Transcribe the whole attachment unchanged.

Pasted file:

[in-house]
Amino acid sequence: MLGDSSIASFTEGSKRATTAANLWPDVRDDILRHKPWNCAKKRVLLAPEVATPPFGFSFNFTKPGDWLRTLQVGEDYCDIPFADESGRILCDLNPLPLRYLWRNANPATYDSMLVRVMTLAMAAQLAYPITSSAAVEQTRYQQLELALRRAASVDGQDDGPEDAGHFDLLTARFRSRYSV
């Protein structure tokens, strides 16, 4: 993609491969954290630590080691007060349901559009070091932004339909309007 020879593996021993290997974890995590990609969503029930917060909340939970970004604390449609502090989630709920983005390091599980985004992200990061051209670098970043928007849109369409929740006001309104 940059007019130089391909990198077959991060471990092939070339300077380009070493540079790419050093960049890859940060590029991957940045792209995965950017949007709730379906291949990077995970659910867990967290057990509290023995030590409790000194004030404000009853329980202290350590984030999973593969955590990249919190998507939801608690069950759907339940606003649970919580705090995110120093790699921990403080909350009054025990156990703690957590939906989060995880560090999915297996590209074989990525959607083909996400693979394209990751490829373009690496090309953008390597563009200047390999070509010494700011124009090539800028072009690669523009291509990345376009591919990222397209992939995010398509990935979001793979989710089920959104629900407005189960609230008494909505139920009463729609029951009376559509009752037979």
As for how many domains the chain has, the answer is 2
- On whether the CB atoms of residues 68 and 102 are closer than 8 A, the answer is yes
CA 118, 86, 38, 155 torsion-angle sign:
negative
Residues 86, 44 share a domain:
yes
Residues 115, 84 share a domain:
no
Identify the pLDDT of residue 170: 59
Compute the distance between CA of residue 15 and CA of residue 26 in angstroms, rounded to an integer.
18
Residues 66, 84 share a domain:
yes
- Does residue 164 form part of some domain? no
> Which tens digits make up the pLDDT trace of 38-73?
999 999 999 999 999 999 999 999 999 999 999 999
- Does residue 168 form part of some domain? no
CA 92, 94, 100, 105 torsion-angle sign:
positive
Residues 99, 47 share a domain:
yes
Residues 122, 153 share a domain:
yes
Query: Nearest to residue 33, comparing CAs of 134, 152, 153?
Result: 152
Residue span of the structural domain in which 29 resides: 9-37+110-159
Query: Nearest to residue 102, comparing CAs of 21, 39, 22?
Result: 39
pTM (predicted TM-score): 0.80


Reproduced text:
[in-house]
Amino acid sequence: MLGDSSIASFTEGSKRATTAANLWPDVRDDILRHKPWNCAKKRVLLAPEVATPPFGFSFNFTKPGDWLRTLQVGEDYCDIPFADESGRILCDLNPLPLRYLWRNANPATYDSMLVRVMTLAMAAQLAYPITSSAAVEQTRYQQLELALRRAASVDGQDDGPEDAGHFDLLTARFRSRYSV
């Protein structure tokens, strides 16, 4: 993609491969954290630590080691007060349901559009070091932004339909309007 020879593996021993290997974890995590990609969503029930917060909340939970970004604390449609502090989630709920983005390091599980985004992200990061051209670098970043928007849109369409929740006001309104 940059007019130089391909990198077959991060471990092939070339300077380009070493540079790419050093960049890859940060590029991957940045792209995965950017949007709730379906291949990077995970659910867990967290057990509290023995030590409790000194004030404000009853329980202290350590984030999973593969955590990249919190998507939801608690069950759907339940606003649970919580705090995110120093790699921990403080909350009054025990156990703690957590939906989060995880560090999915297996590209074989990525959607083909996400693979394209990751490829373009690496090309953008390597563009200047390999070509010494700011124009090539800028072009690669523009291509990345376009591919990222397209992939995010398509990935979001793979989710089920959104629900407005189960609230008494909505139920009463729609029951009376559509009752037979």
As for how many domains the chain has, the answer is 2
- On whether the CB atoms of residues 68 and 102 are closer than 8 A, the answer is yes
CA 118, 86, 38, 155 torsion-angle sign:
negative
Residues 86, 44 share a domain:
yes
Residues 115, 84 share a domain:
no
Identify the pLDDT of residue 170: 59
Compute the distance between CA of residue 15 and CA of residue 26 in angstroms, rounded to an integer.
18
Residues 66, 84 share a domain:
yes
- Does residue 164 form part of some domain? no
> Which tens digits make up the pLDDT trace of 38-73?
999 999 999 999 999 999 999 999 999 999 999 999
- Does residue 168 form part of some domain? no
CA 92, 94, 100, 105 torsion-angle sign:
positive
Residues 99, 47 share a domain:
yes
Residues 122, 153 share a domain:
yes
Query: Nearest to residue 33, comparing CAs of 134, 152, 153?
Result: 152
Residue span of the structural domain in which 29 resides: 9-37+110-159
Query: Nearest to residue 102, comparing CAs of 21, 39, 22?
Result: 39
pTM (predicted TM-score): 0.80